What is Tariff and it’s basic description in power plant engineering
- The rate at which electrical energy is supplied to a consumer is known as tariff.
- Objectives –
- Recovery of cost of producing electrical energy at the power station
- Recovery of the cost on the capital investment is transmission and distribution system
- Recovery of cost of operation and maintenance of supply of electrical energy (e.g., metering equipment, billing etc.)
- A suitable profit on the capital investment
Desirable Characteristics of Tariff:-
- Proper Return: The tariff should be such that it ensures the proper return from each consumer. In other words, total receipts from the consumers must be equal to the cost of producing and supplying electrical energy plus reasonable profit. This will enable the electric supply company to ensure continuous and reliable service to the consumers.
- Fairness: The tariff must be fair so that different types of consumers are satisfied with the rate of charge of electrical energy. Thus a big consumer should be charged at a lower rate than the small consumer. A consumer whose load conditions do not deviate much from the ideal (i.e., non variable) should be charged at a lower rate than the one whose load conditions change appreciably from the ideal.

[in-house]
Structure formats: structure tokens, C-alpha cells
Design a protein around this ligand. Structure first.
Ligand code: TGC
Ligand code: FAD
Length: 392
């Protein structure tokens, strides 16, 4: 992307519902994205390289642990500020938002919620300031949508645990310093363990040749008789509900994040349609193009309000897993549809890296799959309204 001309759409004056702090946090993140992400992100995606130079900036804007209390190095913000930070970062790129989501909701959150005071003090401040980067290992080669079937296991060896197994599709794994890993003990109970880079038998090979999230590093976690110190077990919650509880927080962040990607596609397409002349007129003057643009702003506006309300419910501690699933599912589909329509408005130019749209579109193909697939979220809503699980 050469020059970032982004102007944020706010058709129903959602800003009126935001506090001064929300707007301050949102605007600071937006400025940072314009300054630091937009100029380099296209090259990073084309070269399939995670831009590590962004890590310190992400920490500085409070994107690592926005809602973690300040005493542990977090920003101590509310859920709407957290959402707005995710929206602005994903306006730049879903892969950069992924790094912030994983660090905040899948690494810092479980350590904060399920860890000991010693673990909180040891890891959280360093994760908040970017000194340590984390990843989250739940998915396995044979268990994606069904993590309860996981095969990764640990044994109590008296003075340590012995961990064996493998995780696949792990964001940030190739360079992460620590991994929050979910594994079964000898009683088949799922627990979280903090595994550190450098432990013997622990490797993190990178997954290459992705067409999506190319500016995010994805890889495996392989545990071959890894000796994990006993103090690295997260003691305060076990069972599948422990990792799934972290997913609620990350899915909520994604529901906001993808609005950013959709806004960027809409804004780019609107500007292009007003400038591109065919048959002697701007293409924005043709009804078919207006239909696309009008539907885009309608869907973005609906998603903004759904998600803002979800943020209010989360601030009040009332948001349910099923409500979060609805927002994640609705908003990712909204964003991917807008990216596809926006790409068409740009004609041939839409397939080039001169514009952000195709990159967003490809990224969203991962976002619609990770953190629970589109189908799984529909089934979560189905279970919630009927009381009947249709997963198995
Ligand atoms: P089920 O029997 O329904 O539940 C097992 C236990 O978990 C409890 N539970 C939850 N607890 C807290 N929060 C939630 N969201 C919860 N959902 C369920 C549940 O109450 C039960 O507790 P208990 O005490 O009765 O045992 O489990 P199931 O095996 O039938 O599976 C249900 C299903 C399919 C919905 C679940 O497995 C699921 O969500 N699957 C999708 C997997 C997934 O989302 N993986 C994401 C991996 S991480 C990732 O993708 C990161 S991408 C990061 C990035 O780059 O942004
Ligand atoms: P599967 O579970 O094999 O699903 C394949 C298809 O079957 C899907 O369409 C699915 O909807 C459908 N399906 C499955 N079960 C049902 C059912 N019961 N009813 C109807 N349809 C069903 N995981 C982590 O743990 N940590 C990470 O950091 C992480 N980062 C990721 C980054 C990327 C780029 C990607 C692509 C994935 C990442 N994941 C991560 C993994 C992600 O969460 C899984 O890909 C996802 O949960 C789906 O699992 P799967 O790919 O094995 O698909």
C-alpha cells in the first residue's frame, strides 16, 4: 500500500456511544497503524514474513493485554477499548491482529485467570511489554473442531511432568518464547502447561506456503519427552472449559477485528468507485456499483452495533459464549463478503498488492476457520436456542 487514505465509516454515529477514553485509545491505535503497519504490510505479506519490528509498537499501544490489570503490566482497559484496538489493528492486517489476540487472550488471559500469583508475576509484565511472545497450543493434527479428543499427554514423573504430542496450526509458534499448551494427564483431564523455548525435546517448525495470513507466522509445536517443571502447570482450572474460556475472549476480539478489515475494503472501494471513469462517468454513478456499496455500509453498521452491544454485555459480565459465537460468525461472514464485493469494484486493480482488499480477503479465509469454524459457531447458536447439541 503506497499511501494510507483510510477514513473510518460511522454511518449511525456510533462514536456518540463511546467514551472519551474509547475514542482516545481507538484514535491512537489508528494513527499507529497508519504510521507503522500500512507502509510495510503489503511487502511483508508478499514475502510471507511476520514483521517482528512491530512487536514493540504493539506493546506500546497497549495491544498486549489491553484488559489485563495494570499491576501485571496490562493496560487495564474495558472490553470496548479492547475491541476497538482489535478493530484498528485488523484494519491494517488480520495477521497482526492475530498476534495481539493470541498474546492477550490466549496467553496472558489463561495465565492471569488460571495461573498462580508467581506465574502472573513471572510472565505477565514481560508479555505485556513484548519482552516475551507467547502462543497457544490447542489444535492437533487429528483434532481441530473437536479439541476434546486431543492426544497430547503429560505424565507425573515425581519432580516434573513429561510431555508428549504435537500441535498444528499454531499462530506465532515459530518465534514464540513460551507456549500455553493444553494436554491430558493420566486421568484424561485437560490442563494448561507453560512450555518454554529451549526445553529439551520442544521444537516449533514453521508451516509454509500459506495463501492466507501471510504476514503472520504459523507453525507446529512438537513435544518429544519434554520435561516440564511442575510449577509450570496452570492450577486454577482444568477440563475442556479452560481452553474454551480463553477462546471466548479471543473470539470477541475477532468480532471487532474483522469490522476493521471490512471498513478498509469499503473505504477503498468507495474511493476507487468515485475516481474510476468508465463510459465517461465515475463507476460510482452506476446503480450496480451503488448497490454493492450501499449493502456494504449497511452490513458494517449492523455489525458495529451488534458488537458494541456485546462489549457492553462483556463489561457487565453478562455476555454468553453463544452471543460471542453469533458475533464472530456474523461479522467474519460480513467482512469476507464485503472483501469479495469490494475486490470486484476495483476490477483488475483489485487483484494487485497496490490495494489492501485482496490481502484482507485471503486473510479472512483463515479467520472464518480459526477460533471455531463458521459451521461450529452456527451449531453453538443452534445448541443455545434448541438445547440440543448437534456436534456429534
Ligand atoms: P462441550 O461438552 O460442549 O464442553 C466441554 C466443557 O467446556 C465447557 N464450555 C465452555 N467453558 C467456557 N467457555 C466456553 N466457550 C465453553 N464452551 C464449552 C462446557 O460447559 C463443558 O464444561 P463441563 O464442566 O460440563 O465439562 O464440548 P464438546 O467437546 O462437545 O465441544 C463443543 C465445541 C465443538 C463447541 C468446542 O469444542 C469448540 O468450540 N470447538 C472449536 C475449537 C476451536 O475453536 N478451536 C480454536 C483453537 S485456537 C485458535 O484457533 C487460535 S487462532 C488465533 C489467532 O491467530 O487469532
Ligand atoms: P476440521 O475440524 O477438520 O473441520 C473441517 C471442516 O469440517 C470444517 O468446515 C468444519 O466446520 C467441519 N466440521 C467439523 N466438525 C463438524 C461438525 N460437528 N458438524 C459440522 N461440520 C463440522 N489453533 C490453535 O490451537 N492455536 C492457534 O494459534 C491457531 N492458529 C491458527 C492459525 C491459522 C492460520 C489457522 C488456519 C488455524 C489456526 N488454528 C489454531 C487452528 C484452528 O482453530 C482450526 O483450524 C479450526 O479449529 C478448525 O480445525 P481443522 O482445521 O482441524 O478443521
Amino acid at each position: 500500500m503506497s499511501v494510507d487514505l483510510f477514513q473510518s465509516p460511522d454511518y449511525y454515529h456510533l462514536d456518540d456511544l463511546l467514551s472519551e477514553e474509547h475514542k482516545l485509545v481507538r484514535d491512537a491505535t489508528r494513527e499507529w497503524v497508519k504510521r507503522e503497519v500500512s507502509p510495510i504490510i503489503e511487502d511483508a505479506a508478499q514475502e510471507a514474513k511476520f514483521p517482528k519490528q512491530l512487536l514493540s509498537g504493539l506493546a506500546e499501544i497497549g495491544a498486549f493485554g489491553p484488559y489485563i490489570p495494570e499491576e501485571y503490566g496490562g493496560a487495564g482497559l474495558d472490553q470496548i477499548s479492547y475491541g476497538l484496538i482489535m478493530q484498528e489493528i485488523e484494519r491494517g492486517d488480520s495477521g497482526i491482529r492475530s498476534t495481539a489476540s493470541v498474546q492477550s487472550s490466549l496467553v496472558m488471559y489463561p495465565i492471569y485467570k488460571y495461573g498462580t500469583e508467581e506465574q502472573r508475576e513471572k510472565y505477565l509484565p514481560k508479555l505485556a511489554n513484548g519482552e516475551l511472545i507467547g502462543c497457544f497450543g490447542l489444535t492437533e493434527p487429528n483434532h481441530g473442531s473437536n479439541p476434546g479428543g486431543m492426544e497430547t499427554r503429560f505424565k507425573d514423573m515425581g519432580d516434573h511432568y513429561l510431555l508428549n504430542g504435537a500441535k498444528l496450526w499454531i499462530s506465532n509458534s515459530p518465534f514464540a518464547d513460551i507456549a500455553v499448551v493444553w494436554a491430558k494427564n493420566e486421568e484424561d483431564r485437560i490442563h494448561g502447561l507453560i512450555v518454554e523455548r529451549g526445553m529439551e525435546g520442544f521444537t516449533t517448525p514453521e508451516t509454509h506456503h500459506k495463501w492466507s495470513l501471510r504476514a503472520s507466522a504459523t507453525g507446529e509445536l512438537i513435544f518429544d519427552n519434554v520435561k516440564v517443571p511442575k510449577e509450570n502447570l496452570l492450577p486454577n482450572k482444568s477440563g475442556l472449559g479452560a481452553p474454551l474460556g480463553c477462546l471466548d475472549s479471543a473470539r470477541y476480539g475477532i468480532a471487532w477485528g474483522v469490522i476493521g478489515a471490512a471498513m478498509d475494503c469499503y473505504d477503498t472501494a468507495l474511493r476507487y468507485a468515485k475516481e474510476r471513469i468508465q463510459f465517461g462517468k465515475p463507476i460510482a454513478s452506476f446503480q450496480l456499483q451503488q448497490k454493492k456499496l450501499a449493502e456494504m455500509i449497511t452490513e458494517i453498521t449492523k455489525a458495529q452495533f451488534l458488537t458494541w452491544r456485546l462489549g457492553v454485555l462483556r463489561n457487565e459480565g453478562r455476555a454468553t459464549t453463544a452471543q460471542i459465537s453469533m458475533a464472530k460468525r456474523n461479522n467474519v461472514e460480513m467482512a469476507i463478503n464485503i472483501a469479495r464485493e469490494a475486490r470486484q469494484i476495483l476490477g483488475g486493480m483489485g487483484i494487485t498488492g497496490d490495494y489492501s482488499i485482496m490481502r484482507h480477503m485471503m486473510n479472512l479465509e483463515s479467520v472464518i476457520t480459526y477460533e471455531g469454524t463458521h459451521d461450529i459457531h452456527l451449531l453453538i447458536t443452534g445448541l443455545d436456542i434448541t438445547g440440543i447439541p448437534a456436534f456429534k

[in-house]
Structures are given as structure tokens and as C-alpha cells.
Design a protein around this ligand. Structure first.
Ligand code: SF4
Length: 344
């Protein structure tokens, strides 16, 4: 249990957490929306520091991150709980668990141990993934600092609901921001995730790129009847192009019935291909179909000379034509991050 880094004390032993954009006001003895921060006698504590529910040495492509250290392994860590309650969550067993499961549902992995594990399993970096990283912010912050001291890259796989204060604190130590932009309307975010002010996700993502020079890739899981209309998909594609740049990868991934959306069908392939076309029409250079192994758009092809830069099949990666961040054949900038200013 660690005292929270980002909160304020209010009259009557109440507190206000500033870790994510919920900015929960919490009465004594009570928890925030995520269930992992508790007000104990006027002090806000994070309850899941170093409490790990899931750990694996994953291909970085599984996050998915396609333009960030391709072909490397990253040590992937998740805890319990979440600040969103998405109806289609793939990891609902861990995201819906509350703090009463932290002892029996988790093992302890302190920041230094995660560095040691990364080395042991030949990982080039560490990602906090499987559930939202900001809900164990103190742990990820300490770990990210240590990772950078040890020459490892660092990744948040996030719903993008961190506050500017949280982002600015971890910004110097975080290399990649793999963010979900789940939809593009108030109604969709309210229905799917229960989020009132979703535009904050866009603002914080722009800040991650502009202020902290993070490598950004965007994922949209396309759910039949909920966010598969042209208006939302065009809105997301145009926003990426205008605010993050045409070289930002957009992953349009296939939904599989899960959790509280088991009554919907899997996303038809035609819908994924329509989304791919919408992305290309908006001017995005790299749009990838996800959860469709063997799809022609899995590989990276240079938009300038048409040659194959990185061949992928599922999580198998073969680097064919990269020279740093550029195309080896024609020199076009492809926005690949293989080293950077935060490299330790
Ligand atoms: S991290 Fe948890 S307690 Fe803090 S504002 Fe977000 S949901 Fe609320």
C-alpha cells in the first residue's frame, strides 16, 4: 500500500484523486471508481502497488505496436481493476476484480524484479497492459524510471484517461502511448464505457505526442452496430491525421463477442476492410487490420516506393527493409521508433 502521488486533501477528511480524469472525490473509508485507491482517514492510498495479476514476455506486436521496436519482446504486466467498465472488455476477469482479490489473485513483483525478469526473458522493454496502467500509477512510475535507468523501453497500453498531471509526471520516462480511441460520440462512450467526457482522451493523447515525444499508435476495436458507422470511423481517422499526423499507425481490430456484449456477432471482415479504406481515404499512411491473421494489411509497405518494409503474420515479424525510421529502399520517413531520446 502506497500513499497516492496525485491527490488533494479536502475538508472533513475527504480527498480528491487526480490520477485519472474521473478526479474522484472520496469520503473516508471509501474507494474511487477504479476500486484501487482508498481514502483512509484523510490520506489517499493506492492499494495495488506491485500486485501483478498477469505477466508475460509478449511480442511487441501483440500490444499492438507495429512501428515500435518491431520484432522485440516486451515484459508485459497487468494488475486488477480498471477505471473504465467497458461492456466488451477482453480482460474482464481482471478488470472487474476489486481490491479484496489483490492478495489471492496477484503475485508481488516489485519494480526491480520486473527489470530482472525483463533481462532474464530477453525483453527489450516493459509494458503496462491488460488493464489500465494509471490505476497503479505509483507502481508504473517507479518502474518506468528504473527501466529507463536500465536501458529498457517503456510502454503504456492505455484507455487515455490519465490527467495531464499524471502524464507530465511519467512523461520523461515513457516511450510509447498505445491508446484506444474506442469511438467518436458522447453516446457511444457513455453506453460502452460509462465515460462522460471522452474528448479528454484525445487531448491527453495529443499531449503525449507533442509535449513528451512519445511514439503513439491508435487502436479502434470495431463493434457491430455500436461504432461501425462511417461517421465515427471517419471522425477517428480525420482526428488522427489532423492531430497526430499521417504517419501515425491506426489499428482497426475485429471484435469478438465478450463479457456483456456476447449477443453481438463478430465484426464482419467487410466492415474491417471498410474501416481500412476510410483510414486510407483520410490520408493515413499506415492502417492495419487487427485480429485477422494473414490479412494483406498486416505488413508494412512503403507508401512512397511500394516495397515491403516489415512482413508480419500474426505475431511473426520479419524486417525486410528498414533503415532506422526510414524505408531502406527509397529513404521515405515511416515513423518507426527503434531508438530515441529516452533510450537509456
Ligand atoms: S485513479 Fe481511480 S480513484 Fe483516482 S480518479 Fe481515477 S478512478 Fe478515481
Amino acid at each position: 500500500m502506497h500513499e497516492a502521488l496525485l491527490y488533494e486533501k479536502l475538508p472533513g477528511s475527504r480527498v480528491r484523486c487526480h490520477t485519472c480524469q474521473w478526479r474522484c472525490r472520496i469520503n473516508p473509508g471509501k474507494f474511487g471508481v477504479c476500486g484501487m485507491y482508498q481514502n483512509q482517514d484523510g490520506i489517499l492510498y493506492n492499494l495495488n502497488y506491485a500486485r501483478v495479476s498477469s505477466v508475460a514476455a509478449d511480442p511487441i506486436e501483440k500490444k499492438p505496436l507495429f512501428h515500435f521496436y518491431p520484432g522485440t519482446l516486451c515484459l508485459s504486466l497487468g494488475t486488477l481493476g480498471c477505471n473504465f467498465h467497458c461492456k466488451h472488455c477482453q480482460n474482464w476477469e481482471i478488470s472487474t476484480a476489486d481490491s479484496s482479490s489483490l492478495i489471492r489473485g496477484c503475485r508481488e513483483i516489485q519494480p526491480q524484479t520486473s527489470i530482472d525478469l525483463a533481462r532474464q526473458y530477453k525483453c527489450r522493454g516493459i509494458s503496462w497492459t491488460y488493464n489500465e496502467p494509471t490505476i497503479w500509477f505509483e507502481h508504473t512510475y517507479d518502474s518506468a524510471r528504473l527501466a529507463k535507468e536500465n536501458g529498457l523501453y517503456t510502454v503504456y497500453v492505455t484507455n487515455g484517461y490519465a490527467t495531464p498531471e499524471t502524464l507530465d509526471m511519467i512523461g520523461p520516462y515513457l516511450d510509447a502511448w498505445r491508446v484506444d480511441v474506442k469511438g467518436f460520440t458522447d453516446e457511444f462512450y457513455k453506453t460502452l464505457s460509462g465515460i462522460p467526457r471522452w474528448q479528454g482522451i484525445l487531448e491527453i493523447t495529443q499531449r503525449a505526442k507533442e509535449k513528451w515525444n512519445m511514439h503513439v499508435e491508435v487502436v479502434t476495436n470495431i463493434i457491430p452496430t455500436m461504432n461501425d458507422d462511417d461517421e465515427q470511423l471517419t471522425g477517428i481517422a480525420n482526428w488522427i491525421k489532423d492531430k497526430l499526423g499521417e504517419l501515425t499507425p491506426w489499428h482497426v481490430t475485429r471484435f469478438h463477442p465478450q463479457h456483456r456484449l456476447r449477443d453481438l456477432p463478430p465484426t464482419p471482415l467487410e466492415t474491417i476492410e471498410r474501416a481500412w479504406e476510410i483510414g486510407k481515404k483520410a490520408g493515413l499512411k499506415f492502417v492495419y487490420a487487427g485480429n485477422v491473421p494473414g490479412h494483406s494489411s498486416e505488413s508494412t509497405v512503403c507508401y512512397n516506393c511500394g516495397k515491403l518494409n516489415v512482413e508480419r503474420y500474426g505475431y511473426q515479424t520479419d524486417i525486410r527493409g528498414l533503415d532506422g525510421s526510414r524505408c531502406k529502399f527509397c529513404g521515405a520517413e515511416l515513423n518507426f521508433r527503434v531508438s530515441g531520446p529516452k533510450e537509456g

- Simplicity: The tariff should be simple so that an ordinary consumer can easily understand it. A complicated tariff may cause an opposition from the public which is generally distrustful of supply companies.
- Reasonable Profit: The profit element in the tariff should be reasonable. An electric supply company is a public utility company and generally enjoys the benefits of monopoly. Therefore, the investment is relatively safe due to noncompetition in the market. This calls for the profit to be restricted to 8% or so per annum. Attractive: The tariff should be attractive so that a large number of consumers are encouraged to use electrical energy. Efforts should be made to fix the tariff in such a way so that consumers can pay easily.
#Power Plant engineering note from our honorable teacher.
Mehta, V.K.,”Principles of Power System
Analysis”;Chapter – 5, pp.87-100